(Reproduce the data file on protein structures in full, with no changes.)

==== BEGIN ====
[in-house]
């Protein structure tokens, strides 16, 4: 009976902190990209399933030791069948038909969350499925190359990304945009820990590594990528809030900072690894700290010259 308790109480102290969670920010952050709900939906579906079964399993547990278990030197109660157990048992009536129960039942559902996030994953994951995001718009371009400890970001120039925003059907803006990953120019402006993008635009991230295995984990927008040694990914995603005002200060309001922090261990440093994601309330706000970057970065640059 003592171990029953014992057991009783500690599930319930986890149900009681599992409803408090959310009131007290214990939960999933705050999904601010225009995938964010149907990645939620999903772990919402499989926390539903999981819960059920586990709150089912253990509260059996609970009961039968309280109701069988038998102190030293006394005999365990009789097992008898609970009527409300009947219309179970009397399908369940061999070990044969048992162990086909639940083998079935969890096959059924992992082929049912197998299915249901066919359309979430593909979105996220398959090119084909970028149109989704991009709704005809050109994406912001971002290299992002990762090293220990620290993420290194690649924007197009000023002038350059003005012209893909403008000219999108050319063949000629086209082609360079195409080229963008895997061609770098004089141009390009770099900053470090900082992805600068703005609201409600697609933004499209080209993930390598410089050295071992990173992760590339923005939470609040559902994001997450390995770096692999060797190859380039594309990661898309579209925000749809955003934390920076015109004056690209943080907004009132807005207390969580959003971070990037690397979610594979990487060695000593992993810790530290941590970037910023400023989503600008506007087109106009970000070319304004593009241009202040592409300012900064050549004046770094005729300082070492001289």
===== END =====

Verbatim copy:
[in-house]
């Protein structure tokens, strides 16, 4: 009976902190990209399933030791069948038909969350499925190359990304945009820990590594990528809030900072690894700290010259 308790109480102290969670920010952050709900939906579906079964399993547990278990030197109660157990048992009536129960039942559902996030994953994951995001718009371009400890970001120039925003059907803006990953120019402006993008635009991230295995984990927008040694990914995603005002200060309001922090261990440093994601309330706000970057970065640059 003592171990029953014992057991009783500690599930319930986890149900009681599992409803408090959310009131007290214990939960999933705050999904601010225009995938964010149907990645939620999903772990919402499989926390539903999981819960059920586990709150089912253990509260059996609970009961039968309280109701069988038998102190030293006394005999365990009789097992008898609970009527409300009947219309179970009397399908369940061999070990044969048992162990086909639940083998079935969890096959059924992992082929049912197998299915249901066919359309979430593909979105996220398959090119084909970028149109989704991009709704005809050109994406912001971002290299992002990762090293220990620290993420290194690649924007197009000023002038350059003005012209893909403008000219999108050319063949000629086209082609360079195409080229963008895997061609770098004089141009390009770099900053470090900082992805600068703005609201409600697609933004499209080209993930390598410089050295071992990173992760590339923005939470609040559902994001997450390995770096692999060797190859380039594309990661898309579209925000749809955003934390920076015109004056690209943080907004009132807005207390969580959003971070990037690397979610594979990487060695000593992993810790530290941590970037910023400023989503600008506007087109106009970000070319304004593009241009202040592409300012900064050549004046770094005729300082070492001289």